After all those years, I finally found Beardtown. It was easier than I thought. I actually paid attention to the Chinese characters of 胡子小镇 and not the English name. One quick map search later, and I realized that I had by walking past the place for years and not noticing.
Admittedly, the place was not what I expected. There were no scraggly facial hair anywhere! That being said, the place is still pretty surreal.
As it turns out, Beardtown is a tiny art campus affiliated with at least a Shanghai company and a Nanjing university. The surreality around this area is almost like a non-sequitur. For example, there is a golden-colored NFL statue between playpens for kids.
While Beardtown doesn’t actually feature anything with facial hair, there is one slogan that is painted all over the space.
It’s an intriguing slogan for a place called Beardtown. However….
There still not an actual follicle in sight. Just crazy art. I am not complaining. This small place is actually much more interesting than West Virginian hamlet with a bunch of dudes with stringy beards down to their knees.
There is a café here, though. This place is just so weird, but it’s also an interesting place to just sit and drink some coffee and soak in some ambiance.
Or tea and fruit.
It’s important to remember that Beardtown is just one tiny dot in a part of Huangtu that’s been zoned and urban planned for “rural tourism.” As far as I know, no busses actually come here. But, it’s an easy ride from Changzhou on an e-bike, car, or a DiDi — especially if a traveler is starting from Xinbei.
I just know, that over the years, this whole area, despite my “No Sleep Till Beardtown” obsession, has some weird things to look at. This, after coffee and cake, was spotted on the back to the car. At least this building has a moustache.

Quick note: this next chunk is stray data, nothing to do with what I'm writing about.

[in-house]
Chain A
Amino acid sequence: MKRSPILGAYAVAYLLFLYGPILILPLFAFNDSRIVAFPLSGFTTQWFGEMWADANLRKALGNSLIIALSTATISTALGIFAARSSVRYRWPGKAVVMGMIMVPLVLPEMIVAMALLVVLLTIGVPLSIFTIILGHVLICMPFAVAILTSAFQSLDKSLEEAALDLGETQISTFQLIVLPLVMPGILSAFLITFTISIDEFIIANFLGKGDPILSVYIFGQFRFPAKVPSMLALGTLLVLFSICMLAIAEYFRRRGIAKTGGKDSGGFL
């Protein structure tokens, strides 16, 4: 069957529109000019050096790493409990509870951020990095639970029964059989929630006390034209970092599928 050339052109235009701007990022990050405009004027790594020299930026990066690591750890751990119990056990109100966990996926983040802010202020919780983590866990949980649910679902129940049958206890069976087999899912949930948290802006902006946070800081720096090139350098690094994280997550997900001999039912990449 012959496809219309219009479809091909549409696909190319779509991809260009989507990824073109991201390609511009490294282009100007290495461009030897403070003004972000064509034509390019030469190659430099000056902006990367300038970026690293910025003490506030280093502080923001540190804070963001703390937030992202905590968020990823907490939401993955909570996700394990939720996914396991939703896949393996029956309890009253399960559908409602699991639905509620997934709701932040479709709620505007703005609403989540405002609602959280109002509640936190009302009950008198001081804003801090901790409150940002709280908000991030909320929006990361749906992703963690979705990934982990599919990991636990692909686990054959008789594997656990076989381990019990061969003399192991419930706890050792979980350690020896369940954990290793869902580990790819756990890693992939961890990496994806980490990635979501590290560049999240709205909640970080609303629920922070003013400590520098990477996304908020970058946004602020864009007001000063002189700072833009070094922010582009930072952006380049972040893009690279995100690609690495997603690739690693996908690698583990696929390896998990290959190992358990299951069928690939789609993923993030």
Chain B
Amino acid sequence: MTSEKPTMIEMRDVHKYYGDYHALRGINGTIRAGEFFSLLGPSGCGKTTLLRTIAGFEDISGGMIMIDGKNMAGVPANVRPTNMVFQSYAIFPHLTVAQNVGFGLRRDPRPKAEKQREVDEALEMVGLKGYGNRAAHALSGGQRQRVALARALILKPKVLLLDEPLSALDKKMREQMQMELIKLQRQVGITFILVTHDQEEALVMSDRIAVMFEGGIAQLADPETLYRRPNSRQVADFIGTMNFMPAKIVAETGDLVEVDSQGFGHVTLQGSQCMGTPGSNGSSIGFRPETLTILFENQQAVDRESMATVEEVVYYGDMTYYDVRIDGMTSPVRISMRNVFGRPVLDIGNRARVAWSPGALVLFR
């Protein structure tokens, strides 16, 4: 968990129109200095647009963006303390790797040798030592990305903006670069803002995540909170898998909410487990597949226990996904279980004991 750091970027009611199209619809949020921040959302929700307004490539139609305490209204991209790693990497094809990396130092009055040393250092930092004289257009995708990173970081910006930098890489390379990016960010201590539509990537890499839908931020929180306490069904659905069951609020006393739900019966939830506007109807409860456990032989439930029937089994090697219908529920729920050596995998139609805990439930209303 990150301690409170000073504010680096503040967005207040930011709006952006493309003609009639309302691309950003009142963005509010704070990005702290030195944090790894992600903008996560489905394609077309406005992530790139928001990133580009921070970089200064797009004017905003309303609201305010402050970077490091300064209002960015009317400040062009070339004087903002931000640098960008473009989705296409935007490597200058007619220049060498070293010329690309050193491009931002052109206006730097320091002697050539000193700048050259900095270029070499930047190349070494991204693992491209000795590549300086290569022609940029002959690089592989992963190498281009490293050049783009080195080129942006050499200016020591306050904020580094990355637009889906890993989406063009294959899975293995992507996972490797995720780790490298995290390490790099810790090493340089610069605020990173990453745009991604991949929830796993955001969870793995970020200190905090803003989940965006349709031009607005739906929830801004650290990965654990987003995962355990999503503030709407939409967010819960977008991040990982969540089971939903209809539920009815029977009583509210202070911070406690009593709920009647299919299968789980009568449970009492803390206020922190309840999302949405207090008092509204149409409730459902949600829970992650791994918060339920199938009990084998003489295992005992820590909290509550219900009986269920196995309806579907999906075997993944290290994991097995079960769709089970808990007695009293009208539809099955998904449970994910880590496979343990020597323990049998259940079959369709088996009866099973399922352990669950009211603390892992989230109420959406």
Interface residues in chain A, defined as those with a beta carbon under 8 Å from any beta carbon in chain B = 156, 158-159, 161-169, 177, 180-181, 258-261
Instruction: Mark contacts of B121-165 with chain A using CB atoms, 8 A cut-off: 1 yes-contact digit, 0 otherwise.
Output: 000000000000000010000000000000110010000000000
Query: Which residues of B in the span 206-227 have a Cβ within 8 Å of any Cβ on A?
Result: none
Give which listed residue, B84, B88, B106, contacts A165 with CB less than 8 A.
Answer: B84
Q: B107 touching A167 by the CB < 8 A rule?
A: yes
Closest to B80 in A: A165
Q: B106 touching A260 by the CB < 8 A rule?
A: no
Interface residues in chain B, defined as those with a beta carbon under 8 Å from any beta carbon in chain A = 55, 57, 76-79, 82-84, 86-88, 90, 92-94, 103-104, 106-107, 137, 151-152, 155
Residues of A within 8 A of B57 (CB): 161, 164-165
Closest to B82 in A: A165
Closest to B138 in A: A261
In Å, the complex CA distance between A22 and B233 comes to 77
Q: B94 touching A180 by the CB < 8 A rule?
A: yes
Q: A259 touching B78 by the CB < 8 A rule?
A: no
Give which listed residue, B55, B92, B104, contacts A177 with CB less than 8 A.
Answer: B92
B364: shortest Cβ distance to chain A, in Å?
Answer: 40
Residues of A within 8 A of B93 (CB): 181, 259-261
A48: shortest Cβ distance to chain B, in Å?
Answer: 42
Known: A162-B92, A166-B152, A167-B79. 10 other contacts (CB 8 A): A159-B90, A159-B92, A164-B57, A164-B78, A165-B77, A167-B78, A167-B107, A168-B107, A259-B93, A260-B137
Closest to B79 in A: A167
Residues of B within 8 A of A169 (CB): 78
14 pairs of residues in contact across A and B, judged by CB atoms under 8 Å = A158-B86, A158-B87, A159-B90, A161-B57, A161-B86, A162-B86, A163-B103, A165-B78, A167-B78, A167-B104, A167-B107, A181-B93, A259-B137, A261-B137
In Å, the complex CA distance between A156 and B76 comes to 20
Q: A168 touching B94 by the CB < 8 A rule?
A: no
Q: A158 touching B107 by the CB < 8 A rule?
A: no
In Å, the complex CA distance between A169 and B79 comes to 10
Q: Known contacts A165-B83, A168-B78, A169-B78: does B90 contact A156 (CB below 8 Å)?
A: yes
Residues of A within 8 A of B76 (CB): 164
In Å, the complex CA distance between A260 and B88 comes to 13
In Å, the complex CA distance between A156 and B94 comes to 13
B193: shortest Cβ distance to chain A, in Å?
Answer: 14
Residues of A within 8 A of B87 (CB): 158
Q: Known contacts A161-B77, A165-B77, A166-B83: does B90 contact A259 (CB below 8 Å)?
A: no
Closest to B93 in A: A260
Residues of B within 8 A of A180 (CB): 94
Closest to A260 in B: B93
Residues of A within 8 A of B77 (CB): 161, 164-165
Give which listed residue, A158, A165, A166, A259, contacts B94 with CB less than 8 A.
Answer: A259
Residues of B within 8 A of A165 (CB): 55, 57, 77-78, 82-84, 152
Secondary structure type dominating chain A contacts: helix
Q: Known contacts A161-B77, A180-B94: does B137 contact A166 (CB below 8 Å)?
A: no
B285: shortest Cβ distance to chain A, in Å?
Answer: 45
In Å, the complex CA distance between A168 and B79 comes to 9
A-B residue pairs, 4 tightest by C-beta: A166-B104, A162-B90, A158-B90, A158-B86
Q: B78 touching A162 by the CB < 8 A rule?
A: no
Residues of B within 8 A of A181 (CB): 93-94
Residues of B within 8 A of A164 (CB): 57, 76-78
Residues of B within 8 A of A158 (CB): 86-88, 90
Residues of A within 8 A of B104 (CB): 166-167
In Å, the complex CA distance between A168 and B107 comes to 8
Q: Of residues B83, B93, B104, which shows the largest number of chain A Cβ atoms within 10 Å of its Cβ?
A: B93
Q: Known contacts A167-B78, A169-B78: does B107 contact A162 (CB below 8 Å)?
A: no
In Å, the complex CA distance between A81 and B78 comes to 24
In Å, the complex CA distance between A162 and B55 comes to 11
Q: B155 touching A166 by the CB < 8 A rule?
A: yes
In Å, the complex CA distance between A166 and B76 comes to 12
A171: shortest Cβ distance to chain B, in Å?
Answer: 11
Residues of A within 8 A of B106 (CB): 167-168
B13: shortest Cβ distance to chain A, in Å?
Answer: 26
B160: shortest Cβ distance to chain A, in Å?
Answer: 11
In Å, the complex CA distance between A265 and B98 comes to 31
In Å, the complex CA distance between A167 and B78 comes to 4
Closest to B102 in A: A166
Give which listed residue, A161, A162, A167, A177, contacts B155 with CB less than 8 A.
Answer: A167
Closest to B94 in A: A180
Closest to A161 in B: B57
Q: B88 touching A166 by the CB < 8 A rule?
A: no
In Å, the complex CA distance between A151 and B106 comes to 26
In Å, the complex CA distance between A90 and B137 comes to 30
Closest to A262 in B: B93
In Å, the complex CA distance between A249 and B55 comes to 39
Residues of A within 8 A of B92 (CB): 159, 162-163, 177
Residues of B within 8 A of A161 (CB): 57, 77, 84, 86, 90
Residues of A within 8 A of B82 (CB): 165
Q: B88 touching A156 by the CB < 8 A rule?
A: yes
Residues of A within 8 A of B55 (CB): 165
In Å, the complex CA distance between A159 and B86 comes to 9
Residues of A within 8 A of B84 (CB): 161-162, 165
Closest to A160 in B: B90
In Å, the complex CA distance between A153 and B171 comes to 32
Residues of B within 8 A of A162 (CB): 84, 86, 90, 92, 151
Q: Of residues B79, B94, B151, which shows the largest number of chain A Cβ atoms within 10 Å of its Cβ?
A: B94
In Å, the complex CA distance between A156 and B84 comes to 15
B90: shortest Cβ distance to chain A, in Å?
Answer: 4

When you have spent years wandering around a Chinese city on an ebike, you actually miss things. It’s an experience and foot-on-the-ground thing. Ebikes are more localized due to the range of a battery’s charge, and cars cover a much longer distance. Scooters are better for cruising through alleys whereas a car can get stuck a complex u- and/or k-turn situations in profoundly weird rural situations on narrow roads. Trust me, I’ve been stuck there before.
There’s that, and then there’s the culture of gas stations. Normally, there isn’t a “culture of gas stations.” They usually tend to be sterile places where you fill your fuel tank and buy a cold drink and a snack before hitting the road again. Visiting the restroom for a poo or pee is just a given.
However, I have been on back roads in North Carolina and West Virginia. In Appalachia, I have seen gas stations that also sold liquor, ammo, shotguns, and pets. This was in wooded mountains, and it was deer season. Still, those gas stations had some very confused parrots and kittens in cages — while some dude with a greasy mullet intensely, and very loudly, negotiated the price of a box of buckshot.
To be clear, I haven’t seen anything like that in China. Yet, in Changzhou’s northern Xinbei district, I have found a gas station that is just patriotically weird. I have never seen anything like it elsewhere. And it’s highly militaristic with both painted propaganda and actual hardware laying around. I have yet to figure out why it’s there. Baidu Maps lists the location as only a gas station and not a museum or an army recruiting station. So, to that end, here are some pictures.